Measure Go Code Segment Performance and Detect Bottlenecks

StackImpact automatically covers many aspects of application performance measurement. These include hot spots in CPU usage, memory allocations, I/O, channels and lock contention. It also provides a bottleneck view for HTTP handlers and calls as well as multiple runtime metrics.

It is sometimes necessary to measure application specific code performance and trace bottlenecks. For these cases, StackImpact agent provides very simple, but powerful API:

segment := agent.MeasureSegment("Segment1")
defer segment.Stop()
subsegment := agent.MeasureSubsegment("Segment1", "Subsegment1")
defer subsegment.Stop()

The following example demonstrates a basic usage.

package main

import (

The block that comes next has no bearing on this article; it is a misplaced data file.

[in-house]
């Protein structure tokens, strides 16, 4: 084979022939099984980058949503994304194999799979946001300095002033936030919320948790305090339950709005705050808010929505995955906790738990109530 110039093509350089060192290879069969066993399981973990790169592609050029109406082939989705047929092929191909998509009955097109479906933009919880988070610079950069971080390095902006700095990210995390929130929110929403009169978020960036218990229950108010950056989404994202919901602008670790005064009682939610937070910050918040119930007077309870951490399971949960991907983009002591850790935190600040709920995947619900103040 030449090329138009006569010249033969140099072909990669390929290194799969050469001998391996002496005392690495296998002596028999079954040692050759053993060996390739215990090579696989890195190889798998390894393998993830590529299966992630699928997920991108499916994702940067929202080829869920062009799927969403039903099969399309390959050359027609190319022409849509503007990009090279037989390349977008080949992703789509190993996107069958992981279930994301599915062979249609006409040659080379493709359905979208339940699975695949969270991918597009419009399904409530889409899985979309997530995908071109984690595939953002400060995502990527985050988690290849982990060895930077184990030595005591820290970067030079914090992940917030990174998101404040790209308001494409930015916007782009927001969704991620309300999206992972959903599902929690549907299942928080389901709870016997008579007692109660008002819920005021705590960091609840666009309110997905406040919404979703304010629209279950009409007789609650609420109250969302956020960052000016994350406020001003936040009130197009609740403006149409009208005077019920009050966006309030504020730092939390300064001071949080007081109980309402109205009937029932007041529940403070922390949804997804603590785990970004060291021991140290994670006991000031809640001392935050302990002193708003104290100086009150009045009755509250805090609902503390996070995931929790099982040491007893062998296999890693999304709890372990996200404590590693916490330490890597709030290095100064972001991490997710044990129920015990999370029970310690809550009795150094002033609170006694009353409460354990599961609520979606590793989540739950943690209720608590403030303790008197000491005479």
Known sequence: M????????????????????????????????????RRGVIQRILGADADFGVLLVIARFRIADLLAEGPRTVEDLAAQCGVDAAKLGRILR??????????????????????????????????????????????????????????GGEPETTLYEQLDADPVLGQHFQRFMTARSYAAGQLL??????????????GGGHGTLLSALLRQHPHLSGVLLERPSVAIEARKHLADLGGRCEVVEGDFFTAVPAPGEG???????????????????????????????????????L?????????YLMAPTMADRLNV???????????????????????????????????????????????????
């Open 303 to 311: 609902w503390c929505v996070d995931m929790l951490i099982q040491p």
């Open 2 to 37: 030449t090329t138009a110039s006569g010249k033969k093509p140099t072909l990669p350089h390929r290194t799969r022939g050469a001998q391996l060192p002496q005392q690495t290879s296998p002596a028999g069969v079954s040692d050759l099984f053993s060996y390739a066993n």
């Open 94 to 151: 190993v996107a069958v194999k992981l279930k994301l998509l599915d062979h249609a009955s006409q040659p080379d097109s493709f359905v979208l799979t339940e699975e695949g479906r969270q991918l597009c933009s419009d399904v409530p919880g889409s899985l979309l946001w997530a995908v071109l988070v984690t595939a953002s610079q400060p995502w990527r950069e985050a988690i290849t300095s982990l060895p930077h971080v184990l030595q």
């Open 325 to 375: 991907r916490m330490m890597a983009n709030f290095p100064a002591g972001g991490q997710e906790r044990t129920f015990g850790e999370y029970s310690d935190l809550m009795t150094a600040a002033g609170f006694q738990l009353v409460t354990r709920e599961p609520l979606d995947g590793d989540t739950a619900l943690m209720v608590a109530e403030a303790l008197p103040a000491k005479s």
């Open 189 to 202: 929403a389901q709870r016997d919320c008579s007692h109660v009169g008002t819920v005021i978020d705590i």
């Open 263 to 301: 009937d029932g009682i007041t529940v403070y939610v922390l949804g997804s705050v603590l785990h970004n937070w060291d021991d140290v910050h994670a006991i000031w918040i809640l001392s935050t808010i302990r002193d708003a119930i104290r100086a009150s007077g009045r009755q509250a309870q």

var agent *stackimpact.Agent

func exampleHandler(w http.ResponseWriter, r *http.Request) {
	segment := agent.MeasureSegment("Example")
	defer segment.Stop()


	fmt.Fprintf(w, "Done")

func doSomeAPICall() {
	subsegment := agent.MeasureSubsegment("Example", "API call")
	defer subsegment.Stop()

	res, err := http.Get("")
	if err == nil {
		defer res.Body.Close()

func readSomeDir() {
	subsegment := agent.MeasureSubsegment("Example", "Directory read")
	defer subsegment.Stop()


func main() {
	// Initialize StackImpact agent
	agent = stackimpact.NewAgent()
		AgentKey: "agent key here",
		AppName: "Example App",

	// Start server
	http.HandleFunc("/example", exampleHandler)
	http.ListenAndServe(":9000", nil)

Note, that there is no need to pass a context to trace subsegments of a segment. This makes the usage simple even in complex applications.

After generating some load against our example application, here is what we will see in the Dashboard. If no subsegments are measured, the metric is only available in Health section and not in Bottlenecks section.


Now we know how long the measured segment normally takes and what impact subsegments have on it.

Follow us on Twitter @stackimpact for information on Golang performance profiling and monitoring.